New class of drugs specifically induces cell death in B cell blood cancers
In almost every mammalian cell, you will find the endoplasmic reticulum, a network of continuous membranes responsible for controlling metabolism as well as the folding, assembly and secretion of proteins. Since the endoplasmic reticulum is critical in manufacturing important proteins that facilitate communication between cells, researchers are exploring new ways to find important targets within these membranes that could help stimulate immune responses against cancer cells.
Now, new research from The Wistar Institute shows how one protein found on the endoplasmic reticulum can serve as a target for stimulating the immune system and a more direct target for cellular death in B cell malignancies. The findings of the study were published in the journal Cancer Research.
A protein called Stimulator of interferon genes (STING) is found on the endoplasmic reticulum and plays a critical role in producing type I interferons that help regulate the immune system. A new class of drugs called STING agonists were developed to induce powerful immune responses by boosting the production of interferons as an adjuvant therapy, meaning they were applied to enhance response to therapy. Improved immune responses were observed when STING agonists were used in cancer immunotherapy or as vaccine adjuvants.
As an adjuvant therapy, STING agonists play an accessory role in eliciting a response. However, additional studies confirmed that these drugs also induce apoptosis in normal and malignant B cells, suggesting that they could be used as a primary therapy in certain types of leukemia, lymphoma and multiple myeloma. The responses that have been observed thus far are transient, meaning that longer responses could lead to better direct treatment in B cell malignancies like chronic lymphocytic leukemia and multiple myeloma.
"In non-B cells, STING agonists stimulate the production of interferons, but since they induce apoptosis in B cells, these B cells do not live long enough to help boost the immune response," said Chih-Chi Andrew Hu, Ph.D., associate professor in the Translational Tumor Immunology program at The Wistar Institute and senior author of the study. "We wanted to determine why STING agonists behave differently in normal and malignant B cells and how to extend this cytotoxic activity in malignant B cell leukemia, lymphoma and multiple myeloma."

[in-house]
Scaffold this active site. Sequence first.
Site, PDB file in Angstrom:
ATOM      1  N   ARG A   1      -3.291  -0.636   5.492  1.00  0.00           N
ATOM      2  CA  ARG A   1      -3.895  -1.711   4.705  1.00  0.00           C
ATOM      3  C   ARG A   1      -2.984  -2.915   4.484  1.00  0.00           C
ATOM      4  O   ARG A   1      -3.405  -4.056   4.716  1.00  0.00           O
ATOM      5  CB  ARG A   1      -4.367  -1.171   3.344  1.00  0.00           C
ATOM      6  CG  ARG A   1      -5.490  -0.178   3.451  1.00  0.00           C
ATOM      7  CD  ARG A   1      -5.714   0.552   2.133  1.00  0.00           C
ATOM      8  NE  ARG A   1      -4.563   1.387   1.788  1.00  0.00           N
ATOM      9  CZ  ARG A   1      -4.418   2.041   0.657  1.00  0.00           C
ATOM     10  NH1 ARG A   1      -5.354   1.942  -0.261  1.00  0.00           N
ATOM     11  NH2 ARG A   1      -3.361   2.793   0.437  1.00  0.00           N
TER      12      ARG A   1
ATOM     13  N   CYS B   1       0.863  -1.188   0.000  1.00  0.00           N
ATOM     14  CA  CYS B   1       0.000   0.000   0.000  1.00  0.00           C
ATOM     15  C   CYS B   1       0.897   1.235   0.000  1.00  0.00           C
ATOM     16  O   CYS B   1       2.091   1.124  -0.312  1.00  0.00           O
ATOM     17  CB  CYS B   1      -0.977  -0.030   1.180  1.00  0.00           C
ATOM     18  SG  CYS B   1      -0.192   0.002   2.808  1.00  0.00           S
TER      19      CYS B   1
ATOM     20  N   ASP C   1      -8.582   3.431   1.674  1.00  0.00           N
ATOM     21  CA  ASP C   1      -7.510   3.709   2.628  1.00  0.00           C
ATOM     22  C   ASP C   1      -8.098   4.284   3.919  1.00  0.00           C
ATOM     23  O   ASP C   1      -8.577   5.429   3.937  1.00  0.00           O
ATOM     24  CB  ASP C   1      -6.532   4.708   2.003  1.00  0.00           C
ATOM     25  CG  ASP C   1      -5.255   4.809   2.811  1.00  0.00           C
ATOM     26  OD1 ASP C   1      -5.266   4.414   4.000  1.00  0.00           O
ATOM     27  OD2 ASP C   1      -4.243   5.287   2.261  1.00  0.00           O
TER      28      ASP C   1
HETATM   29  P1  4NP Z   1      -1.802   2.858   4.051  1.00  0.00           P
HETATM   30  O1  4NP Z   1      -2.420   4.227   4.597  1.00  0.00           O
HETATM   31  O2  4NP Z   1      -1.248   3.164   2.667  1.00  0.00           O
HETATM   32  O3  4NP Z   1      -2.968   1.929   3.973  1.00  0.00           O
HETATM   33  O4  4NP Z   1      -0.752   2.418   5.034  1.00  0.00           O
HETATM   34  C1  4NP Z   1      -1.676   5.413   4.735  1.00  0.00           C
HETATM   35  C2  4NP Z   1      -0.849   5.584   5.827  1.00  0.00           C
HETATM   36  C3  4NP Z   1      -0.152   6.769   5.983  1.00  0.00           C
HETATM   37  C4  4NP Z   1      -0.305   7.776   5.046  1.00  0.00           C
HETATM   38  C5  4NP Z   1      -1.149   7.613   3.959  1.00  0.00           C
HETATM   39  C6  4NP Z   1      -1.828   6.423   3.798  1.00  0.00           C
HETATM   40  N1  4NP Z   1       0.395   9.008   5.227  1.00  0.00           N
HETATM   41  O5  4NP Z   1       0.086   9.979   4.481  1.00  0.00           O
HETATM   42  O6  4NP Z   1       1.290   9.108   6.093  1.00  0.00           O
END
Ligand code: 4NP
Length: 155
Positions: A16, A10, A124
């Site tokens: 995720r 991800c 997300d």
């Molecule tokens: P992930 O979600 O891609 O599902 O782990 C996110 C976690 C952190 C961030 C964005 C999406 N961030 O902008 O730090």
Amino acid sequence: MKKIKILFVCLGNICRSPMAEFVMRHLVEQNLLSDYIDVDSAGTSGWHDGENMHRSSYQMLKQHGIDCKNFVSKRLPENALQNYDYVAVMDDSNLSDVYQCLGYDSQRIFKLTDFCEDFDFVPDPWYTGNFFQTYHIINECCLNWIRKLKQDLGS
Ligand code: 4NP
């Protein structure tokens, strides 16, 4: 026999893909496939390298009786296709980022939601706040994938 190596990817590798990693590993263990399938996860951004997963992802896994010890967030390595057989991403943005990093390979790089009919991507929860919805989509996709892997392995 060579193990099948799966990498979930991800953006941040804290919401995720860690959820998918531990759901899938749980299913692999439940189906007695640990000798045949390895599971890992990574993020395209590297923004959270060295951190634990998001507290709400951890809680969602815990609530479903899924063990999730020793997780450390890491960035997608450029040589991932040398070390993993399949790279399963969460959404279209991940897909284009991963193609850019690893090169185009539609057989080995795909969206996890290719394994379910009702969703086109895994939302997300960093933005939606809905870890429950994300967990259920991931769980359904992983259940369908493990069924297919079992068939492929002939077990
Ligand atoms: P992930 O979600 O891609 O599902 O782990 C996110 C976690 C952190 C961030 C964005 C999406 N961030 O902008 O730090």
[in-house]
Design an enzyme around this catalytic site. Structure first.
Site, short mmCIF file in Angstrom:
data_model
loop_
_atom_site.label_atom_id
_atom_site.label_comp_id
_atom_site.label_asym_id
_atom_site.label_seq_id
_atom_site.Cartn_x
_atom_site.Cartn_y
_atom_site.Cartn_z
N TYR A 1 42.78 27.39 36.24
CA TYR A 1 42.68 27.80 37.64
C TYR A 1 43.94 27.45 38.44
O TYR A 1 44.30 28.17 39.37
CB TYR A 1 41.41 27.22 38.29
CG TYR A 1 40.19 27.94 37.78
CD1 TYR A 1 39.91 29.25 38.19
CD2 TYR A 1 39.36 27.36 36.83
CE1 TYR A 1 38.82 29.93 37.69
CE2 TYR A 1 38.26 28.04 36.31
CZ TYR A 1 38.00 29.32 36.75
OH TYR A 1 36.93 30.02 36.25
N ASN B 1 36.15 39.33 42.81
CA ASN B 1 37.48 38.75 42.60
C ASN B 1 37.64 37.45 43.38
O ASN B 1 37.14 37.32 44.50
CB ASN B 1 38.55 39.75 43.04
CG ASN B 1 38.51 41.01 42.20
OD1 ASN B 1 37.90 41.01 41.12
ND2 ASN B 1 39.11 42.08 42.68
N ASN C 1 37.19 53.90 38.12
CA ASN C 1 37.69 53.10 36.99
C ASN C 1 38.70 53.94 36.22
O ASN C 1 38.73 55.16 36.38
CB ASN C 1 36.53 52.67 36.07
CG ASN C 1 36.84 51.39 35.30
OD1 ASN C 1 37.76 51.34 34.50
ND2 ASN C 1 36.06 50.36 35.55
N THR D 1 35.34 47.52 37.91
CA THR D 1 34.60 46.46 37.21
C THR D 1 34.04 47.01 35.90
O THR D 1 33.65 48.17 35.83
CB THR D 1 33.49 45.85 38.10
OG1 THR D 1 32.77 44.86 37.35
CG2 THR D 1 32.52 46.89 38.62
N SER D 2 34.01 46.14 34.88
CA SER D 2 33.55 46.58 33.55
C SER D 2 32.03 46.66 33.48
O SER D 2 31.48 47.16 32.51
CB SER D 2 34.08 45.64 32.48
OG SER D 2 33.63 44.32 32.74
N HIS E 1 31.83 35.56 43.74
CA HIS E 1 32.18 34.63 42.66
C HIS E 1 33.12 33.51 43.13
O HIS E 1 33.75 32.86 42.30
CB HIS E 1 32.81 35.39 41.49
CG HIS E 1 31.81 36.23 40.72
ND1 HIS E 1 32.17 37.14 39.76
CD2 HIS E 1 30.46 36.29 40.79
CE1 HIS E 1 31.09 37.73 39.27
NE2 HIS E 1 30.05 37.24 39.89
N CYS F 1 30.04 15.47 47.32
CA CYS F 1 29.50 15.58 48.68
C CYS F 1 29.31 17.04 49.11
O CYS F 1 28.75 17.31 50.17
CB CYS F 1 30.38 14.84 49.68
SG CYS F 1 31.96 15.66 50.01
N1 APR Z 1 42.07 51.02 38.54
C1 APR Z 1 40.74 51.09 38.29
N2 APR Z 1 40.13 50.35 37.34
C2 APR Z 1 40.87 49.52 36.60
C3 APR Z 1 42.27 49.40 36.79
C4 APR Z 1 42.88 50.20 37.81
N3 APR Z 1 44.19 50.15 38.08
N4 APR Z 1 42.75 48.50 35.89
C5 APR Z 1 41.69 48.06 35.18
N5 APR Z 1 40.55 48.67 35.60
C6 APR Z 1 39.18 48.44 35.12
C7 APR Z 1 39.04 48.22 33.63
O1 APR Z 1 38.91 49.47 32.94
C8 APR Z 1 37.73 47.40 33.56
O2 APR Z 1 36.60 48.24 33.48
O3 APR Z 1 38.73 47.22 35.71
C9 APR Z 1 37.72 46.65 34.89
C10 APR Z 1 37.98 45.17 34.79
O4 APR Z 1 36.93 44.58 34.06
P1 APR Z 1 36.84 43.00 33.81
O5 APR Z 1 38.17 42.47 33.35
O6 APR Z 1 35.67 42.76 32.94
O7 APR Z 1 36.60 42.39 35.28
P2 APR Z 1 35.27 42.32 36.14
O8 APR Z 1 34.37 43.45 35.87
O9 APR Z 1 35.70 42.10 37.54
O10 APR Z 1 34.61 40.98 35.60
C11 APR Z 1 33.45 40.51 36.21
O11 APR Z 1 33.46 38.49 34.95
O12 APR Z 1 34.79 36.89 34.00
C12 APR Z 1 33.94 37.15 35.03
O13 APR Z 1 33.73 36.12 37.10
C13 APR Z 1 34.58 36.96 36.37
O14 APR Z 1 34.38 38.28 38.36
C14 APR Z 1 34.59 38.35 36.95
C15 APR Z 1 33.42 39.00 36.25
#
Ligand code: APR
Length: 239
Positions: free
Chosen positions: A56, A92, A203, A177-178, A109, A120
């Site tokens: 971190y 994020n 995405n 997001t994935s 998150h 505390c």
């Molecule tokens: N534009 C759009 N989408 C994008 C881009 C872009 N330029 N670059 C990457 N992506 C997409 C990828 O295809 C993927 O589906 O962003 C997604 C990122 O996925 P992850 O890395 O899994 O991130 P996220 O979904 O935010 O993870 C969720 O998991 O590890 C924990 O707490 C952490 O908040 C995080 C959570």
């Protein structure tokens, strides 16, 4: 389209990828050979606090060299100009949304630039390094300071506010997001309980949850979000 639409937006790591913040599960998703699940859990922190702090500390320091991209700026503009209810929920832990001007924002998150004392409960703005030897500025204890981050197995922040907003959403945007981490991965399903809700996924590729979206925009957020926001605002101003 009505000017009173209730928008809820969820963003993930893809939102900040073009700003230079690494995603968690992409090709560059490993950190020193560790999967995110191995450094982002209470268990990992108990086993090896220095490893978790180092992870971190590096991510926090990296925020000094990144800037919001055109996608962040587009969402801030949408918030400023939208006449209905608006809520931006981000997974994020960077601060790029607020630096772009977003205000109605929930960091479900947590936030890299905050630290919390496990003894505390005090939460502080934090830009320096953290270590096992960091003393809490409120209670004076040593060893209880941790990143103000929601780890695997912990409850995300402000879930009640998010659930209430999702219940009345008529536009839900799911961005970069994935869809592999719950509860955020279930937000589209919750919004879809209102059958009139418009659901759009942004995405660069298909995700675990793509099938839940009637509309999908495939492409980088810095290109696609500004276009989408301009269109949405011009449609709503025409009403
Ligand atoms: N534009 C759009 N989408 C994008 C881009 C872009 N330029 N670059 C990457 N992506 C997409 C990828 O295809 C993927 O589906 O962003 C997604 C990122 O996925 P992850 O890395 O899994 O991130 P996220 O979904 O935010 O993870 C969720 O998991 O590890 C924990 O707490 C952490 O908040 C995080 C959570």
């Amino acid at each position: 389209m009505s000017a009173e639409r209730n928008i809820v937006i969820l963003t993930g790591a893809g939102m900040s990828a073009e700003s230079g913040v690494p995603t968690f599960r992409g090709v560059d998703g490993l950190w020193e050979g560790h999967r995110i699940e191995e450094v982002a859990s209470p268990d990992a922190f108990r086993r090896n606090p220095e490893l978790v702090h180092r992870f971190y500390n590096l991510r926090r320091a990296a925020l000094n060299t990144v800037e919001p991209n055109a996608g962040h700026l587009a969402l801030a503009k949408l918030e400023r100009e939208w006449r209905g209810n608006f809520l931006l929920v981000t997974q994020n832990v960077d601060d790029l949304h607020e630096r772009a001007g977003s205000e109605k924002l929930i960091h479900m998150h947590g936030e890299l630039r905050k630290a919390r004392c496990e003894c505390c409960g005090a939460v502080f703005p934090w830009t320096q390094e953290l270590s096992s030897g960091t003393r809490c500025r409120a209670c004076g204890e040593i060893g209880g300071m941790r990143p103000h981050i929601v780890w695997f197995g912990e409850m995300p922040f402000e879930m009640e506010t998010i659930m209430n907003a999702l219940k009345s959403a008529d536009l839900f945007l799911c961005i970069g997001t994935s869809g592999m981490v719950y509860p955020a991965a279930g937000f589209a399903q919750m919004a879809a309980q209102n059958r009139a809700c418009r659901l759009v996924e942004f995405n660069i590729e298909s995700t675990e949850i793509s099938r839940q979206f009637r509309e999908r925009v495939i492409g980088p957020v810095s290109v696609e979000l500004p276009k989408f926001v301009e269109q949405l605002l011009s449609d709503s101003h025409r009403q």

Hu and his colleagues focused their attention on the IRE-1/XBP-1 stress response pathway found in the endoplasmic reticulum. This pathway must be activated for STING to function properly in non-B cells. If cells are deficient in either IRE-1 or XBP-1, the cells cannot produce interferons as a response to STING agonists. Additionally, B-cell leukemia, lymphoma, and myeloma require the IRE-1/XBP-1 pathway to be activated for survival. Results showed the activation of this pathway reduces the level of apoptosis, suggesting that lowering activity of this pathway is important in promoting death of malignant B cells. Interestingly, stimulation by STING agonists also suppresses the IRE-1/XBP-1 pathway, which increases the level of apoptosis in malignant B cells. The team further confirmed these results in animal models, as treatment with STING agonists led to regression of chronic lymphocytic leukemia and multiple myeloma in mice.
"This specific cytotoxicity toward B cells strongly supports the use of STING agonists in the treatment of B cell hematologic malignancies," said Chih-Hang Anthony Tang, M.D., Ph.D., a postdoctoral fellow in the laboratory of Dr. Hu and first author of the study. "We also believe that cytotoxicity in normal B cells can be managed with the administration of intravenous immunoglobulin that can help maintain normal levels of antibodies while treatment is being administered. This is something we plan on studying further."
The Wistar Institute's business development team is looking for a co-development partner for the advancement of novel STING agonists in treating B-cell hematologic malignancies.